I'm guessing that I'm one of the few people in the world that likes this piece of jargon. It represents my central desires when engaging with games. These desires are beginning to change as others in the interwebs help me grasp a greater understanding of not only of who I am and what I believe but of what is possible.
I am an ignorant neophyte. I'm not seeking self-promotion or attention when I interact with others I seek information. I seek knowledge. I seek to compare myself understanding of the universe with others who I admire. I wish to engage in a dialogue about things that matter to me and to these others. I wish to remain a nobody (small 'n') because power corrupts, not that I know, of course.
Versus CluClu Land has educated me and I have responded honestly to Iriquois Pliskin's post on Brecht and MGS2, a post that I think lotusvine would also appreciate. He discusses player alienation and game play and I found it very interesting indeed. Play, that element of gameplay I value most has always been about a sense of exploration, joy and wonder. I test the game's rules, I explore my relationship with the game, I realise the vision of the developer and then I do what I can to make something out of it. The reasons for this are very personal and exist elsewhere on this blog (although there's more, much more that isn't here yet and may never make it here).
I turned away from MGS and from Silent Hill because my notion of play, of gameplay is naive, idealistic, even childish. The structured play proffered by these sorts of games and by games that have linear stories or little functional deviation offer little to extend my belief that games can enable me. I do enjoy many games of this ilk so I'm not completely narrow minded. The question that I ask myself is whether it is possible to forge a gameplay experience that puts the rules in the hands of the player and still be fun or more importantly meaningful.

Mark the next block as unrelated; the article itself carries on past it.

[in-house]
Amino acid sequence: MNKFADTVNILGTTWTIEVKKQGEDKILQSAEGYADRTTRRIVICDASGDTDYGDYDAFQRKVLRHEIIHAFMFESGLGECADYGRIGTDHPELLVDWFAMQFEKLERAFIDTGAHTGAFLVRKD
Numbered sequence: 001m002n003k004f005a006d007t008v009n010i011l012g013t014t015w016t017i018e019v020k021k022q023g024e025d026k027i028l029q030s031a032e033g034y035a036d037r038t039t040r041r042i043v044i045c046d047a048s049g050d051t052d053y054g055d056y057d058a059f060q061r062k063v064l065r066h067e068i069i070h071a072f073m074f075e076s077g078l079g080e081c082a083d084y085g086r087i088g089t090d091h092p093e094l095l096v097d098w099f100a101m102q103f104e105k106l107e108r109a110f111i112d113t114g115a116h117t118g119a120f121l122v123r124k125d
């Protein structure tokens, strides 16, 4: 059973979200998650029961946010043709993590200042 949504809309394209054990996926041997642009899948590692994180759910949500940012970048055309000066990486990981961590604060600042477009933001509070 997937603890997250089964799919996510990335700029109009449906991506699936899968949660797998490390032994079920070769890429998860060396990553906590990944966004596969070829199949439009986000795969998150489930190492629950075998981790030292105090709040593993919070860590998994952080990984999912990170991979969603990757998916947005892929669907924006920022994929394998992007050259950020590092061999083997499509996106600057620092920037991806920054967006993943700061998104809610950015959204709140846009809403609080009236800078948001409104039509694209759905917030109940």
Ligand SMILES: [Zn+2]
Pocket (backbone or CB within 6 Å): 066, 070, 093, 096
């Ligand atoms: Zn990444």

Mornington Crescent was a game my English teacher adored when I was in High School. Wikipedia covers it's premise aptly enough and when in English class we had fun playing it. Trying to unravel its riddle. The riddle is that it is, in itself, make believe. There are no rules and the winner is the first to name Mornington Crescent on their turn. If one does not know this, then the rules are inscrutable, a humorous trick that teases the ignorant seeking of knowledge. Me. I don't know much of post modern philosophy and its role in games as art, yet. I'm hoping that Pliskin and others will help me, that they don't mind holding the figurative hand of an ignorant nobody. But I wonder if a video game can be designed around the notion of Mornington Crescent. Perhaps the player doesn't know, at first, that the answer to the game is simple, too simple. Perhaps the game leads that player on a merry chase of confusing and humorous phrases, rules, tricks and feints. Perhaps the game itself is so well crafted that it remains playable even after the player gets the "gimmick" because the game itself requires play to unravel all its variants, all its twists and all its wonders.
Wouldn't this then represent the objective vision of Brecht or Kojima without leaving me an embittered ignorant whose understanding of its greater sublime meaning is more "conventional"? I honestly don't believe developers have done anywhere near enough with game play yet, do you?